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MySQL 8.4 Reference Manual  /  ...  /  ndb_show_tables — Display List of NDB Tables

25.5.27 ndb_show_tables — Display List of NDB Tables

ndb_show_tables displays a list of all NDB database objects in the cluster. By default, this includes not only both user-created tables and NDB system tables, but NDB-specific indexes, internal triggers, and NDB Cluster Disk Data objects as well.

Options that can be used with ndb_show_tables are shown in the following table. Additional descriptions follow the table.

Usage

ndb_show_tables [-c connection_string]
  • --character-sets-dir

    Command-Line Format --character-sets-dir=path

    Directory containing character sets.

  • --connect-retries

    Command-Line Format --connect-retries=#
    Type Integer
    Default Value 12
    Minimum Value 0
    Maximum Value 12

    Number of times to retry connection before giving up.

  • --connect-retry-delay

    Command-Line Format --connect-retry-delay=#
    Type Integer
    Default Value 5
    Minimum Value 0
    Maximum Value 5

    Number of seconds to wait between attempts to contact management server.

  • --connect-string

    Command-Line Format --connect-string=connection_string
    Type String
    Default Value [none]

    Same as --ndb-connectstring.

  • --core-file

    Command-Line Format --core-file

    Write core file on error; used in debugging.

  • --database, -d

    Specifies the name of the database in which the desired table is found. If this option is given, the name of a table must follow the database name.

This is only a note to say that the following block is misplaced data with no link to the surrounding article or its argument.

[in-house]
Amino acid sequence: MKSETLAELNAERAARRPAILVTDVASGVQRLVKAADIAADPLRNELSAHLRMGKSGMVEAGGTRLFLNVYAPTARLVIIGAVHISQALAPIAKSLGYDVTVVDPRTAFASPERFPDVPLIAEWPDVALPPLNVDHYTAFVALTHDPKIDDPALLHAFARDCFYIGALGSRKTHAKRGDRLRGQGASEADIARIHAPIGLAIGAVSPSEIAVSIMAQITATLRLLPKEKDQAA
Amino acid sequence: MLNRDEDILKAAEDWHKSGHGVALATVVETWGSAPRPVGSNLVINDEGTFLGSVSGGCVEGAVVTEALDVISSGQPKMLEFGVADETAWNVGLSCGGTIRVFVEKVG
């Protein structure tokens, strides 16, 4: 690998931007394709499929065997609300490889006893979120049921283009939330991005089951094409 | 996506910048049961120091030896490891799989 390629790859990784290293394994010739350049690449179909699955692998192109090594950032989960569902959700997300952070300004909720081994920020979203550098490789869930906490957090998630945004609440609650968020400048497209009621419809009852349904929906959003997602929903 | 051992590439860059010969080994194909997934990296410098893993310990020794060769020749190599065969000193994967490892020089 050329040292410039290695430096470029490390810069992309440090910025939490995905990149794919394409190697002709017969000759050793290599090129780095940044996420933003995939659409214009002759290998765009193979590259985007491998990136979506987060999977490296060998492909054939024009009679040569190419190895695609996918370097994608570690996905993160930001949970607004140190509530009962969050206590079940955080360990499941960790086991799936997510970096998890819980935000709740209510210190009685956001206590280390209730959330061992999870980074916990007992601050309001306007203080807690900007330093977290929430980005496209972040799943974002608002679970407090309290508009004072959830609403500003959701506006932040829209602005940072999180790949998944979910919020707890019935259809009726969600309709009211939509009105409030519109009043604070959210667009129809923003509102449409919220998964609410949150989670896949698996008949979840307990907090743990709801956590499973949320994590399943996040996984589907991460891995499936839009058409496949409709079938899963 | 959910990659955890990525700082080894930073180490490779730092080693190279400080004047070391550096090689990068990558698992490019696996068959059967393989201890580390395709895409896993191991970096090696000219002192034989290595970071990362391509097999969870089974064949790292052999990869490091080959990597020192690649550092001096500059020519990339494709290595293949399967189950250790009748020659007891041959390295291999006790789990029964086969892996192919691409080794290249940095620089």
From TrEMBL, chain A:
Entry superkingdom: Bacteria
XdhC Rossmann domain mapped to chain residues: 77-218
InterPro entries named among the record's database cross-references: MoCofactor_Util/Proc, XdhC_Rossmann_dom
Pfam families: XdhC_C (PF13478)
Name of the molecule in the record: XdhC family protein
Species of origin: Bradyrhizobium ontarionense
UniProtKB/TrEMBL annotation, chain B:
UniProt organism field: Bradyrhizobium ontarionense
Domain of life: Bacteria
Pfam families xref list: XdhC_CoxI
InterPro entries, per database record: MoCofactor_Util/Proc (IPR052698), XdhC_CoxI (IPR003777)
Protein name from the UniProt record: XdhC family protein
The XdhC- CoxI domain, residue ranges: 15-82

If this option has not been specified, and no tables are found in the TEST_DB database, ndb_show_tables issues a warning.

  • --defaults-extra-file

    Command-Line Format --defaults-extra-file=path
    Type String
    Default Value [none]

    Read given file after global files are read.

  • --defaults-file

    Command-Line Format --defaults-file=path
    Type String
    Default Value [none]

    Read default options from given file only.

  • --defaults-group-suffix

    Command-Line Format --defaults-group-suffix=string
    Type String
    Default Value [none]

    Also read groups with concat(group, suffix).

  • --help

    Command-Line Format --help

    Display help text and exit.

  • --login-path

    Command-Line Format --login-path=path
    Type String
    Default Value [none]

    Read given path from login file.

  • --no-login-paths

    Command-Line Format --no-login-paths

    Skips reading options from the login path file.

  • --loops, -l

    Specifies the number of times the utility should execute. This is 1 when this option is not specified, but if you do use the option, you must supply an integer argument for it.

  • --ndb-connectstring

    Command-Line Format --ndb-connectstring=connection_string
    Type String
    Default Value [none]

    Set connection string for connecting to ndb_mgmd. Syntax: [nodeid=id;][host=]hostname[:port]. Overrides entries in NDB_CONNECTSTRING and my.cnf.

  • --ndb-mgm-tls

    Command-Line Format --ndb-mgm-tls=level
    Type Enumeration
    Default Value relaxed
    Valid Values

    relaxed

    strict